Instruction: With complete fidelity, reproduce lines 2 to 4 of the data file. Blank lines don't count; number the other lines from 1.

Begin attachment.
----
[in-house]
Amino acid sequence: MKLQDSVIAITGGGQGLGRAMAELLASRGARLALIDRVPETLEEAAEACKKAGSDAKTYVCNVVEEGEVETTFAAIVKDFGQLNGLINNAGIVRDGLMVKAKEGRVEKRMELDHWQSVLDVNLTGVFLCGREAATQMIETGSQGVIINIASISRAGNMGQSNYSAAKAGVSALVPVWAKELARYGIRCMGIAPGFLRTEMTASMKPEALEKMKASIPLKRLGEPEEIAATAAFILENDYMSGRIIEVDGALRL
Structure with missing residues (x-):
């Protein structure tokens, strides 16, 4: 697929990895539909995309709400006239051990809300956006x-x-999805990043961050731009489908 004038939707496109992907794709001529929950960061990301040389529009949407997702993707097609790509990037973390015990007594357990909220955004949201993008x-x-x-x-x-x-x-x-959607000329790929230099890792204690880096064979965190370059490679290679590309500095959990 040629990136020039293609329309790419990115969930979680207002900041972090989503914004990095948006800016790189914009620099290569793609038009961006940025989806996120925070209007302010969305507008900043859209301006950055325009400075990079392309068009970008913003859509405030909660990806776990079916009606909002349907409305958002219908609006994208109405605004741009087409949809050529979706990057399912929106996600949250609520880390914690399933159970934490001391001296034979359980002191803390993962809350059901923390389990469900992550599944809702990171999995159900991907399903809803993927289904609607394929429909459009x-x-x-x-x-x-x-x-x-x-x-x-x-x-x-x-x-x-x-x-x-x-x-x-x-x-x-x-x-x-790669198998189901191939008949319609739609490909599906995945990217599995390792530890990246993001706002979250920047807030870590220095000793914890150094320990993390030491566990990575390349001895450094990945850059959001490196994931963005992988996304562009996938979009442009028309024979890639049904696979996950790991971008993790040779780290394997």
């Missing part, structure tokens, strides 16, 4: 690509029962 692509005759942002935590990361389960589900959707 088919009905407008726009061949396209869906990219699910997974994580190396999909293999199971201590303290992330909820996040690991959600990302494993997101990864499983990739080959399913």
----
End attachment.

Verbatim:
Amino acid sequence: MKLQDSVIAITGGGQGLGRAMAELLASRGARLALIDRVPETLEEAAEACKKAGSDAKTYVCNVVEEGEVETTFAAIVKDFGQLNGLINNAGIVRDGLMVKAKEGRVEKRMELDHWQSVLDVNLTGVFLCGREAATQMIETGSQGVIINIASISRAGNMGQSNYSAAKAGVSALVPVWAKELARYGIRCMGIAPGFLRTEMTASMKPEALEKMKASIPLKRLGEPEEIAATAAFILENDYMSGRIIEVDGALRL
Structure with missing residues (x-):
């Protein structure tokens, strides 16, 4: 697929990895539909995309709400006239051990809300956006x-x-999805990043961050731009489908 004038939707496109992907794709001529929950960061990301040389529009949407997702993707097609790509990037973390015990007594357990909220955004949201993008x-x-x-x-x-x-x-x-959607000329790929230099890792204690880096064979965190370059490679290679590309500095959990 040629990136020039293609329309790419990115969930979680207002900041972090989503914004990095948006800016790189914009620099290569793609038009961006940025989806996120925070209007302010969305507008900043859209301006950055325009400075990079392309068009970008913003859509405030909660990806776990079916009606909002349907409305958002219908609006994208109405605004741009087409949809050529979706990057399912929106996600949250609520880390914690399933159970934490001391001296034979359980002191803390993962809350059901923390389990469900992550599944809702990171999995159900991907399903809803993927289904609607394929429909459009x-x-x-x-x-x-x-x-x-x-x-x-x-x-x-x-x-x-x-x-x-x-x-x-x-x-x-x-x-x-790669198998189901191939008949319609739609490909599906995945990217599995390792530890990246993001706002979250920047807030870590220095000793914890150094320990993390030491566990990575390349001895450094990945850059959001490196994931963005992988996304562009996938979009442009028309024979890639049904696979996950790991971008993790040779780290394997």